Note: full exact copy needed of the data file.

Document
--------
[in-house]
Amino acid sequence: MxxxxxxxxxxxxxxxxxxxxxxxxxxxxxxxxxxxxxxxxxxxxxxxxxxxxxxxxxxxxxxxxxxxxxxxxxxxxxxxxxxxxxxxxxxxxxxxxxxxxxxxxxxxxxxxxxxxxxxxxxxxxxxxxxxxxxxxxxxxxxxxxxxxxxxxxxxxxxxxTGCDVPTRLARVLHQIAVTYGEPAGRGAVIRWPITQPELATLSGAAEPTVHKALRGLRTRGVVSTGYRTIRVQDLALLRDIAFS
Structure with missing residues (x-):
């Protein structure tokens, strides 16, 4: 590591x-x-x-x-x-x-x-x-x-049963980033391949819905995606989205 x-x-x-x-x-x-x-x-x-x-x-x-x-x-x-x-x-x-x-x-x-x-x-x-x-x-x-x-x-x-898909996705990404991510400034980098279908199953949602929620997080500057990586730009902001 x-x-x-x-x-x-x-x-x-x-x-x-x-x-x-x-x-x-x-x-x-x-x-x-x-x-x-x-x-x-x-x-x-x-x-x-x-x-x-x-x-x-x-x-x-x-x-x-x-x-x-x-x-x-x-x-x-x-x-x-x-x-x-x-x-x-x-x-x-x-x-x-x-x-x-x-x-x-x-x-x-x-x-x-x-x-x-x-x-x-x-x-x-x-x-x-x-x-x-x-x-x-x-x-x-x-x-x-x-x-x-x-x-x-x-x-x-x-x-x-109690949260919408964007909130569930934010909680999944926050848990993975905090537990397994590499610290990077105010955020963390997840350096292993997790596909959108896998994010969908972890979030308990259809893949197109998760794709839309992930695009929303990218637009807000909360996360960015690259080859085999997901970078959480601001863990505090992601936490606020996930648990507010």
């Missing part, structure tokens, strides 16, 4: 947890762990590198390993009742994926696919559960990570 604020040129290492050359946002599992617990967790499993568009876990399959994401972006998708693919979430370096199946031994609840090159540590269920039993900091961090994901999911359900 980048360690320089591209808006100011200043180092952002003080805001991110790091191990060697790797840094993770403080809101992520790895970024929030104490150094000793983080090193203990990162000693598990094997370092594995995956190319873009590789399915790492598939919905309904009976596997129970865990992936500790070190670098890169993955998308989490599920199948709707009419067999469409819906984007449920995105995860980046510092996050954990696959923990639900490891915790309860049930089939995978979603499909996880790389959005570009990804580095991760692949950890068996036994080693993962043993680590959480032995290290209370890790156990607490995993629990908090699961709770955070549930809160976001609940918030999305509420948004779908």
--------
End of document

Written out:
[in-house]
Amino acid sequence: MxxxxxxxxxxxxxxxxxxxxxxxxxxxxxxxxxxxxxxxxxxxxxxxxxxxxxxxxxxxxxxxxxxxxxxxxxxxxxxxxxxxxxxxxxxxxxxxxxxxxxxxxxxxxxxxxxxxxxxxxxxxxxxxxxxxxxxxxxxxxxxxxxxxxxxxxxxxxxxxTGCDVPTRLARVLHQIAVTYGEPAGRGAVIRWPITQPELATLSGAAEPTVHKALRGLRTRGVVSTGYRTIRVQDLALLRDIAFS
Structure with missing residues (x-):
């Protein structure tokens, strides 16, 4: 590591x-x-x-x-x-x-x-x-x-049963980033391949819905995606989205 x-x-x-x-x-x-x-x-x-x-x-x-x-x-x-x-x-x-x-x-x-x-x-x-x-x-x-x-x-x-898909996705990404991510400034980098279908199953949602929620997080500057990586730009902001 x-x-x-x-x-x-x-x-x-x-x-x-x-x-x-x-x-x-x-x-x-x-x-x-x-x-x-x-x-x-x-x-x-x-x-x-x-x-x-x-x-x-x-x-x-x-x-x-x-x-x-x-x-x-x-x-x-x-x-x-x-x-x-x-x-x-x-x-x-x-x-x-x-x-x-x-x-x-x-x-x-x-x-x-x-x-x-x-x-x-x-x-x-x-x-x-x-x-x-x-x-x-x-x-x-x-x-x-x-x-x-x-x-x-x-x-x-x-x-x-109690949260919408964007909130569930934010909680999944926050848990993975905090537990397994590499610290990077105010955020963390997840350096292993997790596909959108896998994010969908972890979030308990259809893949197109998760794709839309992930695009929303990218637009807000909360996360960015690259080859085999997901970078959480601001863990505090992601936490606020996930648990507010």
């Missing part, structure tokens, strides 16, 4: 947890762990590198390993009742994926696919559960990570 604020040129290492050359946002599992617990967790499993568009876990399959994401972006998708693919979430370096199946031994609840090159540590269920039993900091961090994901999911359900 980048360690320089591209808006100011200043180092952002003080805001991110790091191990060697790797840094993770403080809101992520790895970024929030104490150094000793983080090193203990990162000693598990094997370092594995995956190319873009590789399915790492598939919905309904009976596997129970865990992936500790070190670098890169993955998308989490599920199948709707009419067999469409819906984007449920995105995860980046510092996050954990696959923990639900490891915790309860049930089939995978979603499909996880790389959005570009990804580095991760692949950890068996036994080693993962043993680590959480032995290290209370890790156990607490995993629990908090699961709770955070549930809160976001609940918030999305509420948004779908």